Year 3 and 6 usually benefit from a weekly ‘Buddy Reading’ system. The children meet once a week to read to each other and discuss the text they are sharing.

Spoken Language

As the National Curriculum states, ‘Spoken Language underpins the development of reading and writing’, therefore it is deeply embedded in how we teach at The Forest View Academy. Children are challenged through the quality of questioning across all subject areas. There is a strong emphasis on children being able to ‘elaborate and explain’, ‘reason and convince’ so that they use a rich variety of words.

Cross Curricular Reading & Spoken Language

Reading skills are used in other areas of the curriculum at The Forest View Academy. Applying in this way encourages learning at greater depth. For example, during science and geography topics, children are required to research key topics and explain their findings. In P.E. we encourage children to discuss the importance of regular exercise and a healthy diet, much of our work in D.T. incorporates being able to read and explain. During theme weeks such as, ‘Enterprise Week’ children speak with local businesses, negotiating deals and making sales pitches. Our annual productions and assemblies also provide the children with lots of opportunities to use spoken language.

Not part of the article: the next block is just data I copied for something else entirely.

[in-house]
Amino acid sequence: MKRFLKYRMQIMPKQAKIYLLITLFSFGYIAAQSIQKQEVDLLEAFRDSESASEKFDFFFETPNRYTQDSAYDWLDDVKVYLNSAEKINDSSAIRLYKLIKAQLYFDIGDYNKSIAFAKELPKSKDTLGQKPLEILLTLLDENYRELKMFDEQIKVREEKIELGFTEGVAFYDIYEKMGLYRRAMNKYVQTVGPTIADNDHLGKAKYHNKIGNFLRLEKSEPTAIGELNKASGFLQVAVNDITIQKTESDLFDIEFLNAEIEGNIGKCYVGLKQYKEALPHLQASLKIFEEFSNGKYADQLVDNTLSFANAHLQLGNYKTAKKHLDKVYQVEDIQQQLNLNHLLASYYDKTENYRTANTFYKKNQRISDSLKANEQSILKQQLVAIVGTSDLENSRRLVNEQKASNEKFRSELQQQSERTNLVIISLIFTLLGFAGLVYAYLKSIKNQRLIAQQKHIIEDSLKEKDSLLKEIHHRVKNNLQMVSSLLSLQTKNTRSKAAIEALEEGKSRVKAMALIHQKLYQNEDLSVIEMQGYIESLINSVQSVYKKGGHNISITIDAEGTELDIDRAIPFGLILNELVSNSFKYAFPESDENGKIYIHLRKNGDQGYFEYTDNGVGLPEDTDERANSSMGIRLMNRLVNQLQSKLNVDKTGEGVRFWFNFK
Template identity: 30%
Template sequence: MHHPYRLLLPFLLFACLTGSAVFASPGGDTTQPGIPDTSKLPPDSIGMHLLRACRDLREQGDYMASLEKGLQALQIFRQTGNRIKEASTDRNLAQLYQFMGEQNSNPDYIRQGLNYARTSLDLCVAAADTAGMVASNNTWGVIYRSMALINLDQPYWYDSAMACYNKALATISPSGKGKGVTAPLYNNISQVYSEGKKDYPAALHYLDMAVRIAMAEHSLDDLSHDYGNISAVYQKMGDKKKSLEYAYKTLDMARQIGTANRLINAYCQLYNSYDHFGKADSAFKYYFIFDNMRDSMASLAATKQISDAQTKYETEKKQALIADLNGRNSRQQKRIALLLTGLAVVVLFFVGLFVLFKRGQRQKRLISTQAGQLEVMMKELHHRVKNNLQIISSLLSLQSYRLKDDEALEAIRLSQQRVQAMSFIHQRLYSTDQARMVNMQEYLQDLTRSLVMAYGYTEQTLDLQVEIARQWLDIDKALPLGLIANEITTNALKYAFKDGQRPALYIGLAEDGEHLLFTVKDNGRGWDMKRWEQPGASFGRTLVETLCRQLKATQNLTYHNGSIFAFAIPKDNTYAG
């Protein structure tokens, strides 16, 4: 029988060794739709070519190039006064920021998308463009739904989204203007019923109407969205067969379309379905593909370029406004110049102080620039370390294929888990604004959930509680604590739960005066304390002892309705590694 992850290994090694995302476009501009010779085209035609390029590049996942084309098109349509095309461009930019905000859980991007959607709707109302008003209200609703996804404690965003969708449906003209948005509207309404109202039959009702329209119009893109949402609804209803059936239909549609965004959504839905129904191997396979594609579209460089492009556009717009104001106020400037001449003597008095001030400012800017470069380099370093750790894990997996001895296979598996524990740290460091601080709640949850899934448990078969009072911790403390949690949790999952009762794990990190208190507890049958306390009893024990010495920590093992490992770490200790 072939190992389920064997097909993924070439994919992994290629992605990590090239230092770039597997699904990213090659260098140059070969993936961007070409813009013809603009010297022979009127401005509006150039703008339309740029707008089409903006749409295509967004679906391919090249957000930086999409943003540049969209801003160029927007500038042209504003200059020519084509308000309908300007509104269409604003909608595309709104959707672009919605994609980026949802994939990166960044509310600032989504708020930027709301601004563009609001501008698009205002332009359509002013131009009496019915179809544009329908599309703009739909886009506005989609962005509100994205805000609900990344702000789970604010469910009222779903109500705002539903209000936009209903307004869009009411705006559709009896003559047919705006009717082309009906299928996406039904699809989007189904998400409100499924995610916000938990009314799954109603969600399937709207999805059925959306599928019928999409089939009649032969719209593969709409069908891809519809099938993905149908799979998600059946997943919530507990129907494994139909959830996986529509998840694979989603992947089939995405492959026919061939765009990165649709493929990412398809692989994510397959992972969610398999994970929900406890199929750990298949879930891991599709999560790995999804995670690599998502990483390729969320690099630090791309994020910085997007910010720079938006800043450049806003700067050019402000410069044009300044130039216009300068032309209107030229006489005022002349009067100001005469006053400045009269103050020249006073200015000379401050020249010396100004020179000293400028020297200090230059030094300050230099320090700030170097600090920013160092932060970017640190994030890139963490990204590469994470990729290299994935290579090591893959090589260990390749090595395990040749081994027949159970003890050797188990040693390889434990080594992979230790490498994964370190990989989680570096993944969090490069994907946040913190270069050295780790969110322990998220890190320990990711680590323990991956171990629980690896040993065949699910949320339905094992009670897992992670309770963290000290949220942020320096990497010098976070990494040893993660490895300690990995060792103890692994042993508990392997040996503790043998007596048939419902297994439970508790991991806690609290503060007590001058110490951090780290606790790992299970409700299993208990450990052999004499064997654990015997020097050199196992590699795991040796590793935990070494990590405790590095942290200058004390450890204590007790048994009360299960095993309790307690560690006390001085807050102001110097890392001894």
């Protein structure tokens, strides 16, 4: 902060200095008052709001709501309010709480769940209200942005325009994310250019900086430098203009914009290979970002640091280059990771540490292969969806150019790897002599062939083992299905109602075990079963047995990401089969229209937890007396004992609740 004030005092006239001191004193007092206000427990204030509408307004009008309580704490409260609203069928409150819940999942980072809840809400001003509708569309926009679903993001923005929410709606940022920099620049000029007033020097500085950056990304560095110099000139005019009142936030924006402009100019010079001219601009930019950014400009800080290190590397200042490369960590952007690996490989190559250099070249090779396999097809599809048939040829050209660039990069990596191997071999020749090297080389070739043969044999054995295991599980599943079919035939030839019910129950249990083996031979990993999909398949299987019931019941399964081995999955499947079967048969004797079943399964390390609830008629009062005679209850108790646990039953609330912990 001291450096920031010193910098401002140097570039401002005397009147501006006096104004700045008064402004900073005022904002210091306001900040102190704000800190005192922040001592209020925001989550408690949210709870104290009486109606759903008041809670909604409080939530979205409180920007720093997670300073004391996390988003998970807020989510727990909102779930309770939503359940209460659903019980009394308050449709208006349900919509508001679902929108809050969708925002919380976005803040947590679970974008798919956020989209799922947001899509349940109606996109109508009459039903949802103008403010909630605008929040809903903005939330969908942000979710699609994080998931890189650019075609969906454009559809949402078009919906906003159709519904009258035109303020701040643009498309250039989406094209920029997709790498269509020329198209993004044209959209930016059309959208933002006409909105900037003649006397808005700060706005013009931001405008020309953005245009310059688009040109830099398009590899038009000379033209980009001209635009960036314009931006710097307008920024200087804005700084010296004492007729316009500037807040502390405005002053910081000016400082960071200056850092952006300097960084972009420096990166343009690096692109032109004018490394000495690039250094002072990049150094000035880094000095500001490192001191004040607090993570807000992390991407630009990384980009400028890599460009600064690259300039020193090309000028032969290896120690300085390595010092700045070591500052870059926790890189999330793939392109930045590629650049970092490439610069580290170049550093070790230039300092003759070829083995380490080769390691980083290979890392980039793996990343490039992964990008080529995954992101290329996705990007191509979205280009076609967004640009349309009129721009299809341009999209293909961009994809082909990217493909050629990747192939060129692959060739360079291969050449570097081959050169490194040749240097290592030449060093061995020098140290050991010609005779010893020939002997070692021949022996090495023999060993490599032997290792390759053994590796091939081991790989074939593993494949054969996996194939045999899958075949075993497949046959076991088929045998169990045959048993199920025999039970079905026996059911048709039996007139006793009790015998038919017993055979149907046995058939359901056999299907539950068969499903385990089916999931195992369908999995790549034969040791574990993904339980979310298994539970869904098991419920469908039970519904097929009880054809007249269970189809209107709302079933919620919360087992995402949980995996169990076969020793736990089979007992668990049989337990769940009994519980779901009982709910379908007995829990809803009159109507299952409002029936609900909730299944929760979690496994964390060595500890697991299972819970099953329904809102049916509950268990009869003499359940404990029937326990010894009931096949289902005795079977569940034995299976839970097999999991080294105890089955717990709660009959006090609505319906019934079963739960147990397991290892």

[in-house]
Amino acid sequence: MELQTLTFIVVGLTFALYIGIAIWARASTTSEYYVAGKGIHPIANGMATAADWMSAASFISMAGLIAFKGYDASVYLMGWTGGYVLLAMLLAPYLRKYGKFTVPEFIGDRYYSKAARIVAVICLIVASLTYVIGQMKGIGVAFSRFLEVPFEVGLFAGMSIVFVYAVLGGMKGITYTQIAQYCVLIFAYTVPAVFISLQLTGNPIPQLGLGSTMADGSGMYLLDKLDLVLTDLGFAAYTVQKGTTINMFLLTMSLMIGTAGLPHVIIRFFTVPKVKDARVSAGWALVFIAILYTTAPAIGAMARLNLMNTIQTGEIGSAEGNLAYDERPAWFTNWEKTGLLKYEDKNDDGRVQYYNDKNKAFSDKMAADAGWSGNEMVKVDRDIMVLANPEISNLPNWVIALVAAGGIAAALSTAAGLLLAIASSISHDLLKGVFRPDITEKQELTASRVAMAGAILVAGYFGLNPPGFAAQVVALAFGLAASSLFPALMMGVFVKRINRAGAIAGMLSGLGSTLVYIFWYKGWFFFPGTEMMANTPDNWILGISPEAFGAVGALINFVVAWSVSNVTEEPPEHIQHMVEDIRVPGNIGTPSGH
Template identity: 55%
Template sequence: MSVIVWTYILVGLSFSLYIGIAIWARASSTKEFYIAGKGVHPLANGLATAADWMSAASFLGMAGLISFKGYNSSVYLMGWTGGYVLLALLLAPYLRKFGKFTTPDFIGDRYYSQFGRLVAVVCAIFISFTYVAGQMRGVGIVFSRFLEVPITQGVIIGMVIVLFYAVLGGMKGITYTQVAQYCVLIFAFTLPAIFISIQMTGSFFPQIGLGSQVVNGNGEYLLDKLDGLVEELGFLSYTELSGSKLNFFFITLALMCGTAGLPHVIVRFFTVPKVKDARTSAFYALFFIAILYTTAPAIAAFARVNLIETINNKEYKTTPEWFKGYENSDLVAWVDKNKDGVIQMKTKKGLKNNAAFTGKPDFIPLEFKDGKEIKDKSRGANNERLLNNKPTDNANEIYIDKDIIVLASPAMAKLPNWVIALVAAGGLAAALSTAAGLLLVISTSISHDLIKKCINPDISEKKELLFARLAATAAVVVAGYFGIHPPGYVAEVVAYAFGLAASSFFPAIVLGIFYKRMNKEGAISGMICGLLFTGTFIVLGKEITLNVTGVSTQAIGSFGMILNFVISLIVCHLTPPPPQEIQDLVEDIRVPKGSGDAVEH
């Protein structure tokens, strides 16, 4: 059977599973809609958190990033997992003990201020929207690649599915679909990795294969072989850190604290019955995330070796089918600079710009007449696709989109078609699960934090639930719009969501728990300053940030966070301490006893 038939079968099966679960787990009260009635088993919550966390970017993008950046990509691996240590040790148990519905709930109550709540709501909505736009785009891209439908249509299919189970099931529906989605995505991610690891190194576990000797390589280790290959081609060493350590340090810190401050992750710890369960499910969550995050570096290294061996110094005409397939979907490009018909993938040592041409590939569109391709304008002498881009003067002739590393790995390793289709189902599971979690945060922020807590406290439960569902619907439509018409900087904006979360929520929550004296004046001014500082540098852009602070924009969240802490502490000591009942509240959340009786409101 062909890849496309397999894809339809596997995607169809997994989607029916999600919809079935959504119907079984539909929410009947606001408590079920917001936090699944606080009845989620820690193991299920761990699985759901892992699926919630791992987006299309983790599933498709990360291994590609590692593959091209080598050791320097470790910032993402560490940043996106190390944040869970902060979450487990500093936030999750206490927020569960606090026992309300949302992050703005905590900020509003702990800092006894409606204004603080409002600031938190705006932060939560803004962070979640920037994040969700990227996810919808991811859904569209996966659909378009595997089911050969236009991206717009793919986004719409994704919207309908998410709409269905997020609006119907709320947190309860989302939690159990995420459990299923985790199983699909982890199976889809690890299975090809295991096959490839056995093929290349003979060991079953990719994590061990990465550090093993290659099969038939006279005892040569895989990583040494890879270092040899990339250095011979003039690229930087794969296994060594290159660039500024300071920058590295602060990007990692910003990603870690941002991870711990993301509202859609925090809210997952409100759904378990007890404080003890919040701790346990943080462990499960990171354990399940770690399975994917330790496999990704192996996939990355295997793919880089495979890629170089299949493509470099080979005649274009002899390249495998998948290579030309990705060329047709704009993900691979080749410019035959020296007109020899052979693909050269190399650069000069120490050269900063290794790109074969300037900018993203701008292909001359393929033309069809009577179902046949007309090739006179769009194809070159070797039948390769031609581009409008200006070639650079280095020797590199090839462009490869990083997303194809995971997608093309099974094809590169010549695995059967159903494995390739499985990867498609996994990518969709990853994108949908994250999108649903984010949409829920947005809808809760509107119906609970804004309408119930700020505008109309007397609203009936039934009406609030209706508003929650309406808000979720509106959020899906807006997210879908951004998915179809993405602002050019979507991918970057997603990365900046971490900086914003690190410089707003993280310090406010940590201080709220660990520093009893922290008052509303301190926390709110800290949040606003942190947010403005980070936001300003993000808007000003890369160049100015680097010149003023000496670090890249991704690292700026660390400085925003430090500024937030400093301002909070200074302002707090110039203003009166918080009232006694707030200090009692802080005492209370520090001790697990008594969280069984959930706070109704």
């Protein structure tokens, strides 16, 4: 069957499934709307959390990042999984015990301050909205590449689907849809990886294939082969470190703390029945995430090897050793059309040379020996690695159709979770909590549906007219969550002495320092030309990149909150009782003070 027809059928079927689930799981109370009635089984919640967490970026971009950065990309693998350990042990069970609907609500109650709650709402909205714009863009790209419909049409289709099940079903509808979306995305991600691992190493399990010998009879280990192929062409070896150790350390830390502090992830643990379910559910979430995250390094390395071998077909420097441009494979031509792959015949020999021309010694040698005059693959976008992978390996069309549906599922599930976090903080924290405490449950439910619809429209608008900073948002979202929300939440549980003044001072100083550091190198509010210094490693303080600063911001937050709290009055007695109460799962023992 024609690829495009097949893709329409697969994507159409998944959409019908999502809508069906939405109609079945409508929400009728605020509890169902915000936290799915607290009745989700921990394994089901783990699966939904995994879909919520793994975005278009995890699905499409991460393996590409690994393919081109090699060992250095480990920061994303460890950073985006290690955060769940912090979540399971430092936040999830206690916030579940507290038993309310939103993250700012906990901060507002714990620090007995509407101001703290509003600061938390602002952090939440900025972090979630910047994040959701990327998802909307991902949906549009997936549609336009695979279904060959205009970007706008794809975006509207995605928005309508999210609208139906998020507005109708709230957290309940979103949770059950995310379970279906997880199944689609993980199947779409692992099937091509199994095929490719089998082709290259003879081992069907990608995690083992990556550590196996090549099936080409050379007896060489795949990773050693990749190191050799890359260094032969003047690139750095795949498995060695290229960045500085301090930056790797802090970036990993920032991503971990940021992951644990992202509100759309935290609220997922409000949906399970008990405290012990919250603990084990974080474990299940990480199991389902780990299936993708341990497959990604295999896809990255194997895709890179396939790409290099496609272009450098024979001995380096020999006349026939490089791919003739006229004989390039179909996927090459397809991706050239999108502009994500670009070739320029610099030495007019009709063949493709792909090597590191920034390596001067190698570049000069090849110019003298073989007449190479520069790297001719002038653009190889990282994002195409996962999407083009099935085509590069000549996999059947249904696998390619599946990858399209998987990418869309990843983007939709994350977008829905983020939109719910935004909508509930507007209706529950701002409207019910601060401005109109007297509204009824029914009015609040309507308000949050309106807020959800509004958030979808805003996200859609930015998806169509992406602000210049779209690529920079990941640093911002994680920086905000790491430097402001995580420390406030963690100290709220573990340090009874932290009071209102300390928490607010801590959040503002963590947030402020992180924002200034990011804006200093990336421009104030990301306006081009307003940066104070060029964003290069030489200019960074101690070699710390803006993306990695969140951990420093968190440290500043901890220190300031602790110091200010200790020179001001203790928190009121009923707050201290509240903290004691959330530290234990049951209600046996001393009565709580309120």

Teaching Methods

Our aim in all of the reading and spoken language we teach in the academy are to: improve fluency (speed and accuracy), encourage reasoning (through elaborating and explaining) and to be confident and competent in spoken language and reading skills.
We teach by firstly allowing children access to a wealth of quality texts and giving them opportunities to read for pleasure. Resources are provided in each classroom to facilitate a love for books and children are encouraged to read and discuss books at home. Children are rewarded if they read at home with a reading raffle and there is a trophy for the class which read the most at home for pleasure. Classrooms now all contain a mini library where the children can choose their books.

Differentiation, S.E.N.D and More Able Readers

Differentiation can be seen in all reading sessions, through our ‘Steps to Success’. Children are not moved on to new content until they are secure in what they are learning. The ‘Steps to Success’ are a means to achieving age related expectations, while a starred step target provides opportunity to learn the same objective at greater depth. Therefore, if a child has achieved the steps in a session, they may begin the following session on the ‘Starred Step’ which allows for applying in a different way.